We all ask ourselves why our dog exhibits certain behaviors. Not all answers are simple but many are. Other than instinctual behaviors, many behaviors are inadvertently rewarded so the dog continues to do them.

You can replace annoying attention-seeking behaviors by rewarding the behaviors you want and discouraging the unwanted behaviors by making sure your dog understands that there are consequences. Owners exhibit leadership skills by being consistent with the message of how dogs can earn rewards as opposed to receiving certain consequences.

If your dog barks when you are on the phone, and you stop talking to tell him “no barking” without ever enforcing with a consequence, then your dog will continue barking – since you stopped what you were doing to give attention.

If your dog jumps on you and you push him away with your hands, he sees it as being rewarded by your touch. I know it sounds subtle, but it is meaningful in the way your dog interprets your behavior.

What you do to teach your dog how to behave will help when they are misbehaving. For example: Teaching an alternate behavior for jumping is teaching a lie down or a sit. When they do this, you can reward with your attention. When they know this already and then start jumping, you can have them do either to earn praise, touch or treats and toy rewards. 

A negative cue such as “off” used consistently will tell your dog specifically what you don’t like. You can also teach your dog to go to a specific spot such as a dog bed when you can’t pay attention to them. Keep them occupied there with something to play with or chew on so it is rewarding to go there.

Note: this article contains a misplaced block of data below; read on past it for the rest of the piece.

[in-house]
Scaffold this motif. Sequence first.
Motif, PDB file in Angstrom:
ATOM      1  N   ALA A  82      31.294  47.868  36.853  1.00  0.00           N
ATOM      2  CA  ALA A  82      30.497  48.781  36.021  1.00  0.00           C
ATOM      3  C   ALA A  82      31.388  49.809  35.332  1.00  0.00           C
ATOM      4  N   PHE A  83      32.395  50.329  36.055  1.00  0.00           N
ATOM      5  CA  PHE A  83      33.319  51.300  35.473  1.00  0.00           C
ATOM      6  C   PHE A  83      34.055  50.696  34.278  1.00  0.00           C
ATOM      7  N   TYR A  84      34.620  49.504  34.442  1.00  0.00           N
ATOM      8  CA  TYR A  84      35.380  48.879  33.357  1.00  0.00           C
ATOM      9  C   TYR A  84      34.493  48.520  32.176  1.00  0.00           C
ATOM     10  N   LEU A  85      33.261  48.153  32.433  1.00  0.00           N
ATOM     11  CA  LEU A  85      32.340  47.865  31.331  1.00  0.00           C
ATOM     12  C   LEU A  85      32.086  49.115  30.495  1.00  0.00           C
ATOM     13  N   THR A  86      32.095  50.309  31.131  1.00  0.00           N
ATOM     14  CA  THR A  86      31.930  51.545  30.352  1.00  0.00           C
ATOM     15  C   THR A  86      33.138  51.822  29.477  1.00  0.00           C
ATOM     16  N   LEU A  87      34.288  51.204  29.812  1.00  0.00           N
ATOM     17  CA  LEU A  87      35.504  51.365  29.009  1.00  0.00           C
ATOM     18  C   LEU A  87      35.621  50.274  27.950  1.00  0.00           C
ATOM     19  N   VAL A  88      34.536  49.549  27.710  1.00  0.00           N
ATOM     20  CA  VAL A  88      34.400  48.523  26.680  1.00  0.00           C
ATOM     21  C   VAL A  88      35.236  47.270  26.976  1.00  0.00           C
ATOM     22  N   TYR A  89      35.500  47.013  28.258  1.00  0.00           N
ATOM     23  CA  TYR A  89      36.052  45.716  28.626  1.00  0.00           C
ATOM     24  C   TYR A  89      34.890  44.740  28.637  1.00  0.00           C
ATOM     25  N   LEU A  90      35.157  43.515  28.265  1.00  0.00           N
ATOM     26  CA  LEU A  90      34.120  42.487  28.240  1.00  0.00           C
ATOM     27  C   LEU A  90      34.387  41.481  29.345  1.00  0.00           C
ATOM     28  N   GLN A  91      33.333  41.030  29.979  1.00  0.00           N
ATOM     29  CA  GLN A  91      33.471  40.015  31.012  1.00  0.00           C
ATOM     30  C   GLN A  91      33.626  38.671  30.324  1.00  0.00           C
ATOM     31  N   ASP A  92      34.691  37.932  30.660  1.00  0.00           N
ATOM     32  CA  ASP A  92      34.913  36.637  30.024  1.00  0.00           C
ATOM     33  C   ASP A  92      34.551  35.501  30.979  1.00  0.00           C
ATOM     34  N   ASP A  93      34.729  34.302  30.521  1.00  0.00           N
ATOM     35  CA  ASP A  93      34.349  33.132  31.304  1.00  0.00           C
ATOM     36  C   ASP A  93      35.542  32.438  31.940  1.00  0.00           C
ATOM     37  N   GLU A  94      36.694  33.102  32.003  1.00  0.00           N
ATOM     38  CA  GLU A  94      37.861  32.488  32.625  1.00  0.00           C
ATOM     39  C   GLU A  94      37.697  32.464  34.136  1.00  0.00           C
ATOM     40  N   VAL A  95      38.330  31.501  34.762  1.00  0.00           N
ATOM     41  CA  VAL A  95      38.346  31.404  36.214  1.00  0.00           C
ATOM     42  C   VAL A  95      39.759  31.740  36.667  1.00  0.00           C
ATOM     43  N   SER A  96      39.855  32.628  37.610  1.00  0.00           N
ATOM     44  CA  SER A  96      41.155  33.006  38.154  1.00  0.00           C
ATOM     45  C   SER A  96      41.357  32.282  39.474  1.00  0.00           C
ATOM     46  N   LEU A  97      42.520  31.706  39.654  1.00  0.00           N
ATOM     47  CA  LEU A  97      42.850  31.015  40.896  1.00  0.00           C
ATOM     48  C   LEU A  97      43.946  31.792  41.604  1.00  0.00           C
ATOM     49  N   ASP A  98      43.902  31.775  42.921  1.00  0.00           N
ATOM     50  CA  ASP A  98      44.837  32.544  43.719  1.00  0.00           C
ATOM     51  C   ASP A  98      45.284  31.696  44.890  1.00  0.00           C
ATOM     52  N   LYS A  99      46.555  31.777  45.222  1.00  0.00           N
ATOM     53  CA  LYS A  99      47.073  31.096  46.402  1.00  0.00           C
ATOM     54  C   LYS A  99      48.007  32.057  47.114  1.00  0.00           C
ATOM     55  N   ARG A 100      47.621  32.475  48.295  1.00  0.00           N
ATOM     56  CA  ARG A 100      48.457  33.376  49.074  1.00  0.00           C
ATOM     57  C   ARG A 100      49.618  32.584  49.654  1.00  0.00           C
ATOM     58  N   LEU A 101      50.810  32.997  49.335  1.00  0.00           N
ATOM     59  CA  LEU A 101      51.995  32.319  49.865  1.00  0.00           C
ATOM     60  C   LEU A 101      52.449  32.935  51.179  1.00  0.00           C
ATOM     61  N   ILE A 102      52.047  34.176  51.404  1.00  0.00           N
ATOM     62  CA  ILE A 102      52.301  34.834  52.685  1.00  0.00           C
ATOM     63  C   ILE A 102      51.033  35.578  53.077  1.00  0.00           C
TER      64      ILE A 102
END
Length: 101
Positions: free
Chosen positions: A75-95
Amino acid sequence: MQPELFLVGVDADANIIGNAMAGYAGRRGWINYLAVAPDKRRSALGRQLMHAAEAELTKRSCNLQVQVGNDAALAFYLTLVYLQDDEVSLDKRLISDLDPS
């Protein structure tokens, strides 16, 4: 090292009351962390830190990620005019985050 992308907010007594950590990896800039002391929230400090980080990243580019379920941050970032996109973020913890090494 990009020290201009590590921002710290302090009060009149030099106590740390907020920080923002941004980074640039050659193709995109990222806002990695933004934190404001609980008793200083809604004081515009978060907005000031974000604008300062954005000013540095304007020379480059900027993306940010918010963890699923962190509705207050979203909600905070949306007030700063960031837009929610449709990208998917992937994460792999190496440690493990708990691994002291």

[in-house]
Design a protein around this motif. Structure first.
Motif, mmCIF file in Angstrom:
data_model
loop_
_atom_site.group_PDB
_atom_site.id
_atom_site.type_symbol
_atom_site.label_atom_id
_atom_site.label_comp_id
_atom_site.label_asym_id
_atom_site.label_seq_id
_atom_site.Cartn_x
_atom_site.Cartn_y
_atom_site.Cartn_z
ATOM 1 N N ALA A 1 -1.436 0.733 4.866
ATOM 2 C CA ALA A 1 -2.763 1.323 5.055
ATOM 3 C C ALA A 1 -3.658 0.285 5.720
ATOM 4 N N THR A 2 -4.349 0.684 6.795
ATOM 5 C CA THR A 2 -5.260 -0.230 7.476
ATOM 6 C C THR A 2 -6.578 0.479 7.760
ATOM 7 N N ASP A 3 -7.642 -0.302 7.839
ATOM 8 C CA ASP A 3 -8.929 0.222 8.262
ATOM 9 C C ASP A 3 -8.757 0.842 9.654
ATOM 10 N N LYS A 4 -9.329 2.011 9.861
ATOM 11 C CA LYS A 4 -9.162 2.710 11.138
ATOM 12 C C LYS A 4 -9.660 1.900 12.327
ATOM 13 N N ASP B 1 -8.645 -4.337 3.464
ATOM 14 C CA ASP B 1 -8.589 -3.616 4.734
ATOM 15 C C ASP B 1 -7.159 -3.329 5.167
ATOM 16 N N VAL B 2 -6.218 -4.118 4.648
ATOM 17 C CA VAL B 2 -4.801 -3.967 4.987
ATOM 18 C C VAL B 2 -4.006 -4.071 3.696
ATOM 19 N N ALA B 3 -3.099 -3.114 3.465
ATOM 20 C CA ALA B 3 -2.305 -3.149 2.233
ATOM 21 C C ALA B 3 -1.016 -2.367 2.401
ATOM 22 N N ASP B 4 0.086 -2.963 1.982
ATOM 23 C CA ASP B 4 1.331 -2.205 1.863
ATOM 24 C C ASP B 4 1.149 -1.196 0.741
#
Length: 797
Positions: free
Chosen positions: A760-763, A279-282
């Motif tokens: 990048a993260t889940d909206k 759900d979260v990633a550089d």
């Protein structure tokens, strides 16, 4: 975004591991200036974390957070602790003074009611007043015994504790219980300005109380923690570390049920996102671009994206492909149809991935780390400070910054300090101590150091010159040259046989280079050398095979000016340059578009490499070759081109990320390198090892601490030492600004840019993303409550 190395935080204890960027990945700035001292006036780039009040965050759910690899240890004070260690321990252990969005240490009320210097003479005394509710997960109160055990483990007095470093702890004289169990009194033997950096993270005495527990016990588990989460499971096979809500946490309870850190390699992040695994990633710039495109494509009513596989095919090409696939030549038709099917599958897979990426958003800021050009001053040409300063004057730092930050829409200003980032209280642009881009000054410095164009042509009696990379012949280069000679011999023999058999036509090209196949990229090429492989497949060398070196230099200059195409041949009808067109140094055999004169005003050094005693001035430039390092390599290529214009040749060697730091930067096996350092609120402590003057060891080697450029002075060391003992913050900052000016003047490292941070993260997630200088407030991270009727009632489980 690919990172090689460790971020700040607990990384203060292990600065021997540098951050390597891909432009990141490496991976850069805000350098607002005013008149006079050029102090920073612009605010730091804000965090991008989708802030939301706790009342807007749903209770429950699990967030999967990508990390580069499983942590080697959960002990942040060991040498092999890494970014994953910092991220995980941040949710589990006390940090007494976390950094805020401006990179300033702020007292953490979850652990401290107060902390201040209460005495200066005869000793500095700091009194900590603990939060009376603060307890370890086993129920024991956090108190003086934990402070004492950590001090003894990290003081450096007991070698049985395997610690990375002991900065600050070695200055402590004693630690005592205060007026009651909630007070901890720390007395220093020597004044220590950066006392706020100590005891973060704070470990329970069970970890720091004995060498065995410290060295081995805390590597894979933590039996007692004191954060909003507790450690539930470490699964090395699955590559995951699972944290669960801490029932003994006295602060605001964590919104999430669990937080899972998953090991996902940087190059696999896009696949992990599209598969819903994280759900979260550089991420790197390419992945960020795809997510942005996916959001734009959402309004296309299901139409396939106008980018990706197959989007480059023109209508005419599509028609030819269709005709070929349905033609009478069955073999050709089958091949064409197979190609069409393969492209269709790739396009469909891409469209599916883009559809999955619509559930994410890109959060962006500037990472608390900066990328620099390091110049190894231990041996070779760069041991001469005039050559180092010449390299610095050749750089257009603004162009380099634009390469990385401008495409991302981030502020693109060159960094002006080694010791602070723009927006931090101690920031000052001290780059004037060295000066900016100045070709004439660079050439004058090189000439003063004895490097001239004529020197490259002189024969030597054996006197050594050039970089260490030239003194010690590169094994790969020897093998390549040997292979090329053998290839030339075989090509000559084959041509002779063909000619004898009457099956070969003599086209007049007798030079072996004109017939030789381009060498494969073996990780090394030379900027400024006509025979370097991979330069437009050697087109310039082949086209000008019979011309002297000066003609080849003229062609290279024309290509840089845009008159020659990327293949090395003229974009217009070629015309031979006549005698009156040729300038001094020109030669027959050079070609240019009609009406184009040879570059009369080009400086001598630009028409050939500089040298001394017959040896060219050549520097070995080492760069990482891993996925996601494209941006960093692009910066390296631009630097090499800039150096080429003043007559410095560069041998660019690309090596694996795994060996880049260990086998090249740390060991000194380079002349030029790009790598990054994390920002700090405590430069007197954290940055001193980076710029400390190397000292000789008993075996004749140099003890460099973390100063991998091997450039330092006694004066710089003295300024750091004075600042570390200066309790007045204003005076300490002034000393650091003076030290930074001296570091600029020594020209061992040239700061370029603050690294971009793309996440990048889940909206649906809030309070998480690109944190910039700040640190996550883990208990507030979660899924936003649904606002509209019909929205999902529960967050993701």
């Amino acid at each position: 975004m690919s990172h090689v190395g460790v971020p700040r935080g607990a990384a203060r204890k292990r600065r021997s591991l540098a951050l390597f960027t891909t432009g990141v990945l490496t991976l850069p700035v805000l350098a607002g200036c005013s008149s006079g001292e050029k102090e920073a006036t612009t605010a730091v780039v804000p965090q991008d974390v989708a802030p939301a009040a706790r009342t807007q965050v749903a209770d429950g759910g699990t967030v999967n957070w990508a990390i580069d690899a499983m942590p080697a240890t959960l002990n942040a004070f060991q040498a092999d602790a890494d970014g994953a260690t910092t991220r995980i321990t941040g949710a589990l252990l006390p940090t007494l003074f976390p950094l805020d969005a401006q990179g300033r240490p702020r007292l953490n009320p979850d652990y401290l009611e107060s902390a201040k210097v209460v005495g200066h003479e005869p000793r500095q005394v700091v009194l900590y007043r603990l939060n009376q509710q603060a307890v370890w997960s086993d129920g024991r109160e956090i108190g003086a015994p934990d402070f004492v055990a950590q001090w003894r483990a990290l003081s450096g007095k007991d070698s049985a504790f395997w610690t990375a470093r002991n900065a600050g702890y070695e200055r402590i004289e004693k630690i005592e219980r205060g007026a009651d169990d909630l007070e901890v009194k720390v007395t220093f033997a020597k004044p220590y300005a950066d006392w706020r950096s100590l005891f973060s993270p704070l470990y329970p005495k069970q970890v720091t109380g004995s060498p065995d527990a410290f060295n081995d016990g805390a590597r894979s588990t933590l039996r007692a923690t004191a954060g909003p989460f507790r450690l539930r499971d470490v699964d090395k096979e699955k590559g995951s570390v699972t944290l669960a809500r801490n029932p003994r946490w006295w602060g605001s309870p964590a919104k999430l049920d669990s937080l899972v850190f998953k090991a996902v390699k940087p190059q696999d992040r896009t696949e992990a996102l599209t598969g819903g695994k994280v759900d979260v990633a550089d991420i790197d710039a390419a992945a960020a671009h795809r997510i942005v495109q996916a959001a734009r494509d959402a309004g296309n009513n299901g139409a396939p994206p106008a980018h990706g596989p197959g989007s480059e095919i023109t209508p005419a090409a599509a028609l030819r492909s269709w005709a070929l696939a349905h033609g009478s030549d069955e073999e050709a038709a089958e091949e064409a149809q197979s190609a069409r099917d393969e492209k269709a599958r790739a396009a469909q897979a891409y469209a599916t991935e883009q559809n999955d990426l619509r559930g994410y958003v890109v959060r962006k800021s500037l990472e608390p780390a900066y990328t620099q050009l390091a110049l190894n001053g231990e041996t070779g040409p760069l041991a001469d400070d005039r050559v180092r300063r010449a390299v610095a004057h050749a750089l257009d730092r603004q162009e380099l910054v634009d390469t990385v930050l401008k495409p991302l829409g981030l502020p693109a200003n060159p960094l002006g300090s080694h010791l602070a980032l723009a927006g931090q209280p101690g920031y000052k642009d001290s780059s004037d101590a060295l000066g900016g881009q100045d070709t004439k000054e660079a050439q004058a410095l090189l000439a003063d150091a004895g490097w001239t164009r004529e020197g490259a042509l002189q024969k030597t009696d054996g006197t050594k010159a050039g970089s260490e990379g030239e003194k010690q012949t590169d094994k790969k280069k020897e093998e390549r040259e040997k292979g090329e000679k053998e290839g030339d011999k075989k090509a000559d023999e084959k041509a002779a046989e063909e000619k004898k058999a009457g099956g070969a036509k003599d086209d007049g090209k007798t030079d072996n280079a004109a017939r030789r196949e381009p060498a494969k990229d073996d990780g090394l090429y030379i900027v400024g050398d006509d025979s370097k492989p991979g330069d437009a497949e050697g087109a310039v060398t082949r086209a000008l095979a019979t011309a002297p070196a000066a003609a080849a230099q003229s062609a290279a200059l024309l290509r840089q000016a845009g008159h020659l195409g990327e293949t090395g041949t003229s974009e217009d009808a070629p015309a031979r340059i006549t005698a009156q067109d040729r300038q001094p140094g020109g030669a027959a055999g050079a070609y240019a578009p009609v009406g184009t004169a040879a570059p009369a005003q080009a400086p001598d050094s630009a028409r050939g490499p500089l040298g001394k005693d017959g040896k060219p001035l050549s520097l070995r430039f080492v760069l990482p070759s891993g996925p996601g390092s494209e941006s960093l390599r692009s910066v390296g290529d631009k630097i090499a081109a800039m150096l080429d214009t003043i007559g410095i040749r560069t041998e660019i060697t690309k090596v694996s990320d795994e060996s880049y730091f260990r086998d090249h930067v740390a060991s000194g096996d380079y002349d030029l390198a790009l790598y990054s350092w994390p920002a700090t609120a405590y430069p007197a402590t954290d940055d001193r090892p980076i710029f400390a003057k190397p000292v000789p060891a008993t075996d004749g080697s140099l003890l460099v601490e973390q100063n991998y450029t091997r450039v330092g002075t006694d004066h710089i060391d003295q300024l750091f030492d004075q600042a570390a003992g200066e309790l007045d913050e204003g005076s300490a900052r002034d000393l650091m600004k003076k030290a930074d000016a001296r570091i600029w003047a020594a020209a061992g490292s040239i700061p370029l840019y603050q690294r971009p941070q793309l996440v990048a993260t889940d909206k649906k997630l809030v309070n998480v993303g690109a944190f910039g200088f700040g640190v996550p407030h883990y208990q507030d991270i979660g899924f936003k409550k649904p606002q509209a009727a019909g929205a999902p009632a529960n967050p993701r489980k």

If nothing positive is working, then consequences such as removal away from you or walking through them assertively, bumping them out of your way, become specific consequences. This teaches them to make appropriate choices that are rewarding.

For barking, again, teaching a place to go such as above when they are demanding attention becomes positive and rewarding to the dog. As a negative consequence using mild correctives along with the “no barking” cue like a water spray bottle set to mist or a can filled with noisy metal such as coins, can interrupt the behavior by getting their attention. 

Once again by being consistent you would be teaching the dog that barking did not get them what they wanted, but that the alternative would be acceptable while the consequences were not.

As with all things involving dog training, consistency is so important. Do the same thing every single time and making sure that all family members comply. Resist inadvertently rewarding an unwanted behavior by touching or paying attention to the dog. Providing skills the dog can learn and consequences that the dog will respect are all part of the process to ensure a better behaved dog.

Abby Bird is owner of Alphadog Training Academy. AlphadogTrainingAcademy@gmail.com